Please turn on JavaScript

Brooks Wilson's Economics Blog: Sony and 3D TV

Thursday, September 3, 2009

Sony and 3D TV

Markets is a wonderfully innovative.  Sony announced that it intends to sell 3D TVs  to consumers beginning in 2010.  As is the case with many new products a standard format has not yet emerged.  Maija Palmer, writing for the Financial Times on September 1, 2009 in "Sony to throw its weight behind 3D TV," describes the market for the emerging technology.
3D technology looks set to hit the home consumer market next year, with Sony on Wednesday announcing plans to sell 3D televisions globally by the end of 2010.

Sony’s decision to throw its weight behind the technology will be an important boost for the 3D industry, which has so far focused mainly on cinemas. British Sky Broadcasting has said it would introduce a 3D satellite channel in the UK next year, but it had been unclear whether there would be equipment available to view it on.
Speaking at the IFA technology trade show in Berlin, Sir Howard Stringer, Sony chief executive, will announce plans not only to sell 3D Bravia television sets, but to make Sony’s Vaio laptop computers, PlayStation3 games consoles and Blu-ray disc players compatible with the technology...

The consumer electronics industry has yet to agree on a single 3D standard, posing the risk of a format war akin to that between VHS and Betamax or Blu-ray and HD-DVD...

The electronics industry is looking for the next technology to boost sales, as high-definition television sales move past their peak. Hyundai is producing early 3D sets for the Japanese market and Panasonic has flagged up plans for products.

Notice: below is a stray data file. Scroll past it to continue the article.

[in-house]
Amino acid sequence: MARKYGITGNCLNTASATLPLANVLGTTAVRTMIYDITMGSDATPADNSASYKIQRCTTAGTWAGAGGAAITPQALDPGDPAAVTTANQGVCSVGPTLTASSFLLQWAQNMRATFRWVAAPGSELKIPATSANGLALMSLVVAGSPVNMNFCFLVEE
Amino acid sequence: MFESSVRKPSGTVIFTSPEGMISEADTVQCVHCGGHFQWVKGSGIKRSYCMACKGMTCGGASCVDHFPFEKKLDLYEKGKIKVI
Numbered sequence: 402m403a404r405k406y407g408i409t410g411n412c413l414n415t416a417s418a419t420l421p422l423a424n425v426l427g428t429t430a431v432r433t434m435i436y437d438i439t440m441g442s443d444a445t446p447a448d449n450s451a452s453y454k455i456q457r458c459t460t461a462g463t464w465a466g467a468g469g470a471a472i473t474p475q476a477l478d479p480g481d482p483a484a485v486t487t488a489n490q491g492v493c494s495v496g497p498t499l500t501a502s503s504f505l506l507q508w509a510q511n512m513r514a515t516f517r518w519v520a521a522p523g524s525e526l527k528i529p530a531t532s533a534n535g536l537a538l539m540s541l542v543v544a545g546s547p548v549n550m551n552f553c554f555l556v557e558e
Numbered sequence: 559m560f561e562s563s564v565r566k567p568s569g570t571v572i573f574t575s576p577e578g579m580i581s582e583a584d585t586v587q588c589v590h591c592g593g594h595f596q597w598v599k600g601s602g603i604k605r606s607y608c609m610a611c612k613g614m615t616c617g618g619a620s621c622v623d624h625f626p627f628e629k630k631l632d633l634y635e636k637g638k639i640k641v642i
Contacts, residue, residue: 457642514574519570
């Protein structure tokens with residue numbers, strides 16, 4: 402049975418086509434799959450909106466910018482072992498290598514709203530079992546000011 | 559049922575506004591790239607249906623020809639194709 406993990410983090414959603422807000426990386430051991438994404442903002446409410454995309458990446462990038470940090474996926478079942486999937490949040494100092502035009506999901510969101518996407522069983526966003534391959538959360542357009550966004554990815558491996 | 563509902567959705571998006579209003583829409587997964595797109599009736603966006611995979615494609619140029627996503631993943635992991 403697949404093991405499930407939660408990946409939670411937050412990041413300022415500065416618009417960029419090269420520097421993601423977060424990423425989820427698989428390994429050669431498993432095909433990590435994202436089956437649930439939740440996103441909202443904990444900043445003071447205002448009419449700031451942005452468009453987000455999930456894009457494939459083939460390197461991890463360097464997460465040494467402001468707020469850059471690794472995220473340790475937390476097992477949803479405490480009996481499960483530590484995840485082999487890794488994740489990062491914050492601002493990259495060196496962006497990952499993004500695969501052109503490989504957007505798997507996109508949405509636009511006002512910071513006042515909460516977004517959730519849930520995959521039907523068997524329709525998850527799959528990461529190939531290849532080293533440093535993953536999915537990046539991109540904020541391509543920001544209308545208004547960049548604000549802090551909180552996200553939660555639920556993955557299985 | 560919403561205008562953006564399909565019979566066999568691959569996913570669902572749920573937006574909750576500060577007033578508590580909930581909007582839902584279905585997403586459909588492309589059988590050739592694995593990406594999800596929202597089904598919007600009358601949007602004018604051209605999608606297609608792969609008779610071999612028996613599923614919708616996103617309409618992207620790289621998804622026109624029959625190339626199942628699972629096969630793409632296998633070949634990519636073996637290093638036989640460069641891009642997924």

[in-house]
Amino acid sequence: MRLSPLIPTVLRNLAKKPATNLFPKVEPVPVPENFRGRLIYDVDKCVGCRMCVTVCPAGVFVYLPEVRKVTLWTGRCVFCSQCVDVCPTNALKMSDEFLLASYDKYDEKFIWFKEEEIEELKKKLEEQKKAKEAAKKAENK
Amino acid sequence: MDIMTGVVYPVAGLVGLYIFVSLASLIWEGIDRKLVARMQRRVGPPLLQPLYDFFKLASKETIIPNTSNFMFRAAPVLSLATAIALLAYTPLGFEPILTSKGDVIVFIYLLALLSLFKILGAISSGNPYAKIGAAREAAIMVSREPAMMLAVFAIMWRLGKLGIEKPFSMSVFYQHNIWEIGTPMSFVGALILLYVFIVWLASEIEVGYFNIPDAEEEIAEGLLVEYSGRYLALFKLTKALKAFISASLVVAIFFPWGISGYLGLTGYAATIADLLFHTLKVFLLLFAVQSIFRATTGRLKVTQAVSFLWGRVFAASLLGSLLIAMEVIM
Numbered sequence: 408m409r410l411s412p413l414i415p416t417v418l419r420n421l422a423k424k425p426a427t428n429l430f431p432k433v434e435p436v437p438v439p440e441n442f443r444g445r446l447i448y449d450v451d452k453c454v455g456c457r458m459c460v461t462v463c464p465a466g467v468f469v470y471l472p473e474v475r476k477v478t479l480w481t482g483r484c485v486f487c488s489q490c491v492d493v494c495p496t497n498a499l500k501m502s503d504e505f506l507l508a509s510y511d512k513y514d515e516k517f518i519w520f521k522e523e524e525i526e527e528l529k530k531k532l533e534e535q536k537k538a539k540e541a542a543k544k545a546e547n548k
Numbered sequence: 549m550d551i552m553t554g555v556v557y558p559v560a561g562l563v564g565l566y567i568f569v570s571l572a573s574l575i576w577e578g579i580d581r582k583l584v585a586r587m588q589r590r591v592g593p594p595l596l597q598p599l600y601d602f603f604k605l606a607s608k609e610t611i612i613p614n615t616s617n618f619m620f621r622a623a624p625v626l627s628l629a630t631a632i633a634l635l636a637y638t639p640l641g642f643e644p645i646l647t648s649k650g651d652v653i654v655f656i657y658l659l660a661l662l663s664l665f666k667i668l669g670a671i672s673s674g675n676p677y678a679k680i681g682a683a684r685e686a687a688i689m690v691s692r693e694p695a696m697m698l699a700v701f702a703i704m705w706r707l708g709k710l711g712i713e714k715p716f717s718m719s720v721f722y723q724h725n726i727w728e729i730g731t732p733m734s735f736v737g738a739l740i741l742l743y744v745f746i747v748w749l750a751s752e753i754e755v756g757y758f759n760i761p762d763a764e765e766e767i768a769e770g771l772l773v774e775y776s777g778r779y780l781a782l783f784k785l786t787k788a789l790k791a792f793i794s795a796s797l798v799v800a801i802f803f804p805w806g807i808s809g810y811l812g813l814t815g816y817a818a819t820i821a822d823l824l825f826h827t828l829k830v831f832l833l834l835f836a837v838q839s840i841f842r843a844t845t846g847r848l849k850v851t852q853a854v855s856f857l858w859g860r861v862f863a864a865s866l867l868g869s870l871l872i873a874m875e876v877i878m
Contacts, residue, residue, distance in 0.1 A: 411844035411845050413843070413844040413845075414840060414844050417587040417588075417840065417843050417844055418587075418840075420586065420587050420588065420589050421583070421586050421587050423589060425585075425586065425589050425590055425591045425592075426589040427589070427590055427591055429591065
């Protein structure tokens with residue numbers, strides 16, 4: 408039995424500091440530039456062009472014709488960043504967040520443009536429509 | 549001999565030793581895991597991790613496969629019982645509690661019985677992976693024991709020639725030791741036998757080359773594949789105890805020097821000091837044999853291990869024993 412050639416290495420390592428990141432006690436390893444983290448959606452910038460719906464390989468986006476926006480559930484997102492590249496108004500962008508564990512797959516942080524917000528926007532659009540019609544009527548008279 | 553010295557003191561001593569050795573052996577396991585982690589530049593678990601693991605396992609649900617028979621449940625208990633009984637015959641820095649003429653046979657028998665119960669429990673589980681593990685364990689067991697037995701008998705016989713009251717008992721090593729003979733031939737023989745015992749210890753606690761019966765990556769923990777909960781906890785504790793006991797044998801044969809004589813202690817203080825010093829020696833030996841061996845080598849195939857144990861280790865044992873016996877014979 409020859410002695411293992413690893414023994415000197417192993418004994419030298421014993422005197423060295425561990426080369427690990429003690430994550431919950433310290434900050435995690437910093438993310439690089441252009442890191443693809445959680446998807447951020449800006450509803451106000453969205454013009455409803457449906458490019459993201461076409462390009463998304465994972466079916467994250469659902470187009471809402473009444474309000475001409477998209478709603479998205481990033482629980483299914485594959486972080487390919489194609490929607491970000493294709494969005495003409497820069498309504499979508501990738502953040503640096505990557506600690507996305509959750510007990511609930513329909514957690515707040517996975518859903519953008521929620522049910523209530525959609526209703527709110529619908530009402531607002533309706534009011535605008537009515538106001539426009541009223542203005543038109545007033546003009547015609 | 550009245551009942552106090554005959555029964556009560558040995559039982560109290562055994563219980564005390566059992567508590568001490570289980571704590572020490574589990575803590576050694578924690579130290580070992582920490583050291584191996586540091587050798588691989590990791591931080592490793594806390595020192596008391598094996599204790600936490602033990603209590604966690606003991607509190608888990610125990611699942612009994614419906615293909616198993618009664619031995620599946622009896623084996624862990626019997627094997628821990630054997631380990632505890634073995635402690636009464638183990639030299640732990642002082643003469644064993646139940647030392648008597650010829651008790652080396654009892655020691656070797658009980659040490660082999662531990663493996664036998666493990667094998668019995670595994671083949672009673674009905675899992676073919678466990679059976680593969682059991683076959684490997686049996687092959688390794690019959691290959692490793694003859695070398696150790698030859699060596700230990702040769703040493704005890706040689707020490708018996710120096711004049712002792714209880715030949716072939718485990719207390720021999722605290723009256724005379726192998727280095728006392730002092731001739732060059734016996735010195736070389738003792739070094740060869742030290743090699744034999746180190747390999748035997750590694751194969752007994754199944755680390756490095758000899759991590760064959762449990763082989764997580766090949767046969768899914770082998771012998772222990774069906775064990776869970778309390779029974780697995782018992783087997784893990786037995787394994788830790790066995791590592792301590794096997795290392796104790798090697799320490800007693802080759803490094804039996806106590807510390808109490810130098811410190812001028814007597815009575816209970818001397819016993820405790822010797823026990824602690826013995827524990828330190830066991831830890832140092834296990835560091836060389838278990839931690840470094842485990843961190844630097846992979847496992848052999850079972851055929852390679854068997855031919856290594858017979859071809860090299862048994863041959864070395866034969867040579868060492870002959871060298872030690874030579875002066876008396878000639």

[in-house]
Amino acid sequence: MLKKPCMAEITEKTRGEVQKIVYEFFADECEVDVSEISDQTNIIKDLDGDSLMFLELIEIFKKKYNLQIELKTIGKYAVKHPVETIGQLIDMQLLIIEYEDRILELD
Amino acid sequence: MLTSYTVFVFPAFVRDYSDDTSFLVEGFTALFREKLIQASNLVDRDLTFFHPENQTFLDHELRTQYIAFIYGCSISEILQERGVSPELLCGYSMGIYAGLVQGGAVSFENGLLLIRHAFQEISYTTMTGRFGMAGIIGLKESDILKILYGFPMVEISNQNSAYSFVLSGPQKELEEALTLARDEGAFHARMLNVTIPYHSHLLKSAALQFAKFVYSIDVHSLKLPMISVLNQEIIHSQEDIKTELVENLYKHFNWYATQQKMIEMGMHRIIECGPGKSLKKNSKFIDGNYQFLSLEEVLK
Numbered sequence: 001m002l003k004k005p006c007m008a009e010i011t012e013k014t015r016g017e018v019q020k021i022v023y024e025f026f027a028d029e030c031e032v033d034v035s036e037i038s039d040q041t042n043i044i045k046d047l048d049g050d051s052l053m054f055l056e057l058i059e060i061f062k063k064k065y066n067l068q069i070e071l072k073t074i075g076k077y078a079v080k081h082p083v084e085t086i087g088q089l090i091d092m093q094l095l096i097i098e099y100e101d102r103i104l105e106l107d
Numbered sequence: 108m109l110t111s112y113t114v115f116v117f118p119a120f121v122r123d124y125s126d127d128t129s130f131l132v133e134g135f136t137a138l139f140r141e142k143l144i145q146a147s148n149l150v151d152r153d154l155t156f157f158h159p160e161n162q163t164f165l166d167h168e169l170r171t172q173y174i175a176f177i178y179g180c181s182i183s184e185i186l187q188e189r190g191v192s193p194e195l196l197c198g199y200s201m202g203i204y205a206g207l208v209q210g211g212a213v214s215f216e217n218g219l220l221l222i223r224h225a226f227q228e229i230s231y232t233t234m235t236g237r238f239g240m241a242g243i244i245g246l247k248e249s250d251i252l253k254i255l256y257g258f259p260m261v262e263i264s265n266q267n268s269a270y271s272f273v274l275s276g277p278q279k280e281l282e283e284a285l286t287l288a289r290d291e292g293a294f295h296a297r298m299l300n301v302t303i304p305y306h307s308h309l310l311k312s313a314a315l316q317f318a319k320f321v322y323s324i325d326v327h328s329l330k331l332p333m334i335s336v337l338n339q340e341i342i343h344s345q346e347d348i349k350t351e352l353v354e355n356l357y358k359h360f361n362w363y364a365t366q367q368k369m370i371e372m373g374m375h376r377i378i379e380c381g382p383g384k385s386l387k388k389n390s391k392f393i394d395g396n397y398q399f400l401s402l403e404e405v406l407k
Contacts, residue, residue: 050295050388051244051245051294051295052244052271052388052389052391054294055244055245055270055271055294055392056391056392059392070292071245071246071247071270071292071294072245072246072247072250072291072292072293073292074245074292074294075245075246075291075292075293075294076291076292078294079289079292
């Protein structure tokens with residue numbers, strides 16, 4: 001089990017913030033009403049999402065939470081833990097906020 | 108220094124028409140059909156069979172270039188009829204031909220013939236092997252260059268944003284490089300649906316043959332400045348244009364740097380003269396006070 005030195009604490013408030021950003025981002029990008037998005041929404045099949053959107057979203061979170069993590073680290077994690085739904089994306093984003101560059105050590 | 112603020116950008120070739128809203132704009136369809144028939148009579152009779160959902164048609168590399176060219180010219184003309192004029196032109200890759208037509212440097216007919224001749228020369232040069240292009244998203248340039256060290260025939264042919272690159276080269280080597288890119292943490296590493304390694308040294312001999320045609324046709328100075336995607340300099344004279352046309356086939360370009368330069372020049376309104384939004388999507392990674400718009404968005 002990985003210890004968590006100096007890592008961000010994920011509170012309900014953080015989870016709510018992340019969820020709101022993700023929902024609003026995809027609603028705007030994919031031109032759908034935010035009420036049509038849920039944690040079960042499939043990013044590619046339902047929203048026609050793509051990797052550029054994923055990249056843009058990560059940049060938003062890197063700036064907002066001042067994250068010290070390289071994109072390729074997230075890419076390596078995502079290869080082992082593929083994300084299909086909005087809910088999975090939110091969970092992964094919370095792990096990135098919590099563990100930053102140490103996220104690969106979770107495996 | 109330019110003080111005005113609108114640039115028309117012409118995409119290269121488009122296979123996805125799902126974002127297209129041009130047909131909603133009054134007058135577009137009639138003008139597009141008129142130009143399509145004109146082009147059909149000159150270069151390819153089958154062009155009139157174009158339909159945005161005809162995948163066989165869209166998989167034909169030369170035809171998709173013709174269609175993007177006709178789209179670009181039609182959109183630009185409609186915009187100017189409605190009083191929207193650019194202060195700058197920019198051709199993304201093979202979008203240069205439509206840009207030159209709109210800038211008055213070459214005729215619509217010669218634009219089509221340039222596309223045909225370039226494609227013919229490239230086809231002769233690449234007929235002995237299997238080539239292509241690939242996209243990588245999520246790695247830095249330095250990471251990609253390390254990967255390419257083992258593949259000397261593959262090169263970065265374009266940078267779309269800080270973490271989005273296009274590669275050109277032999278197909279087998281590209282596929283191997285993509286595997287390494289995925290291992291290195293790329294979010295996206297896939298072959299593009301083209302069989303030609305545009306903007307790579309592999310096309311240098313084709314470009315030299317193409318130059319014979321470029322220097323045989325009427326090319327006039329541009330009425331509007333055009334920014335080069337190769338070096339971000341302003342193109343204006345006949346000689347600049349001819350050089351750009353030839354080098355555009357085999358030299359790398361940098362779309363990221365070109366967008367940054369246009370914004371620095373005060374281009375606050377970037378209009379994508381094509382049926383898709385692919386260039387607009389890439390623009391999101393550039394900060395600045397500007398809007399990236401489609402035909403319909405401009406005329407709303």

Sony’s commitment, however, improves 3D’s chances of becoming mainstream. It has given no indication of prices, but analysts expect early 3D TVs to cost several thousand dollars. Hyundai’s 3D TVs cost more than €3,400 [about $4,900].


  1. It would be nice to be able to watch something in 3d at home instead of having to go to the movie theatres to get a thrilling experience like that. will this tv have to be seen through 3d paper glasses? i dont know bout everyone else but they get on my nerves, it would be awesome if it could be seen without them and still get a great feel of reality 3d

  2. Sony is at it again…
    Sony has created great market dominance by pioneering and innovating new technologies – once again. While I think the 3D concept is still fairly “gee whiz” for today it will no doubtable be the next HD-TV phenomenon that Americans think they can’t live without.

  3. Innovation is the critical economic engine in todays high tech world. "Innovate or become obselete" is the truth of the market. Sony's size, influence, and track record give me confidence that their version of 3D technology will win out. The facinating thing is to imagine what technology comes next.

  4. Kayla Neumann3/10/09 5:15 PM

    Sony will fascinate people once again in 2010. Even though the 3D concept for home televisions is still in the works, I strongly believe that Sony will make it become a huge success. All of their new technologies in the past have been an "I just have to have" item, so what makes 3D TVs any different? The production films that have been shown and are being shown in the theaters world wide, have been a great success. People see new technology everywhere they go and so they take advantage it. No matter what the price will be of the 3D televisions, many people will buy them to keep up with the new technological ways the world has to offer.

  5. Zach Dickerson4/10/09 8:36 PM

    It's amazing what the human race has accomplished. Technology today is upgrading so fast many of these 3D TV's will be out dated with in two to three years. People will buy them because it's the new thing just like they always do just to move on to the new thing.

  6. Technology is advancing fast and furiously it seems. First we have the ipod, then comes the iphone, now we have electronic books, and soon to come there will be 3D TVs. For many people out there they just see it as another form of entertainment but if you look more closely you can see how much has been done in the past ten years. Now I don't know about yall, but ten years ago the TV in my den was nothing more than a big, clunky, poor pictured TV, but a Sony TV none of the less. Its wonderful to see big American companies willing to put some of their money into research and development to try and innovate the times.